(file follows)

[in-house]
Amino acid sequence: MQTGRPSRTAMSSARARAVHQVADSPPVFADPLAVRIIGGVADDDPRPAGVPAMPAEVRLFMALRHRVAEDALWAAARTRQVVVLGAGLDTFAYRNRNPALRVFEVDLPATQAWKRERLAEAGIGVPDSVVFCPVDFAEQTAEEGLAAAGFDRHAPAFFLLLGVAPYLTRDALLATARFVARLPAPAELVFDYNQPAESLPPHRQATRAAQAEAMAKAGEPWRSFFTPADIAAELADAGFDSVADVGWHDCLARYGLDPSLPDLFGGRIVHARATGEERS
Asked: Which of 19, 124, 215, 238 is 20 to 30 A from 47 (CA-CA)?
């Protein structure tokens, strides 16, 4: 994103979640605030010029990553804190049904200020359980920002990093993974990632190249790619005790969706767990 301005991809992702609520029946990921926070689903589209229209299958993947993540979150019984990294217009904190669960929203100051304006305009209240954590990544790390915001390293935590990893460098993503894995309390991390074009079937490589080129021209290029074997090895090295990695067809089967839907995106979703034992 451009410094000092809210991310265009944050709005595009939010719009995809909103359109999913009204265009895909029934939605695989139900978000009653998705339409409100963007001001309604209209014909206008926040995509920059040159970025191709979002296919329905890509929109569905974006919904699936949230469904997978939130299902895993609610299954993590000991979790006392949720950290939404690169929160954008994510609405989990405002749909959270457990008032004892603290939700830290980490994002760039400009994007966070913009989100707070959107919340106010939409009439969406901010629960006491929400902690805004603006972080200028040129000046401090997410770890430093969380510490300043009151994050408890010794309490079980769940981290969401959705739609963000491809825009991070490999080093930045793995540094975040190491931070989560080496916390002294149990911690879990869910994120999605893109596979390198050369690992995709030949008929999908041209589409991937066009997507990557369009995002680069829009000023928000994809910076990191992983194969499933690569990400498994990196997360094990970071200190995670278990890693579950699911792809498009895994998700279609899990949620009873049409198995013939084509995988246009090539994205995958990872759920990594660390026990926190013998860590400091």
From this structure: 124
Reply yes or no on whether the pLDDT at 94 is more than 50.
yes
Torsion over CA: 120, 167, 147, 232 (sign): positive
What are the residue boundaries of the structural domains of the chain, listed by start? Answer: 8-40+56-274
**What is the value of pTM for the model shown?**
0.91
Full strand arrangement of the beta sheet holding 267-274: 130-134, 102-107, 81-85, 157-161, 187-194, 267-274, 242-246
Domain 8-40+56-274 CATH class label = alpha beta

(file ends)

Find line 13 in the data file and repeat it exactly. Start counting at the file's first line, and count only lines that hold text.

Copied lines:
Domain 8-40+56-274 CATH class label = alpha beta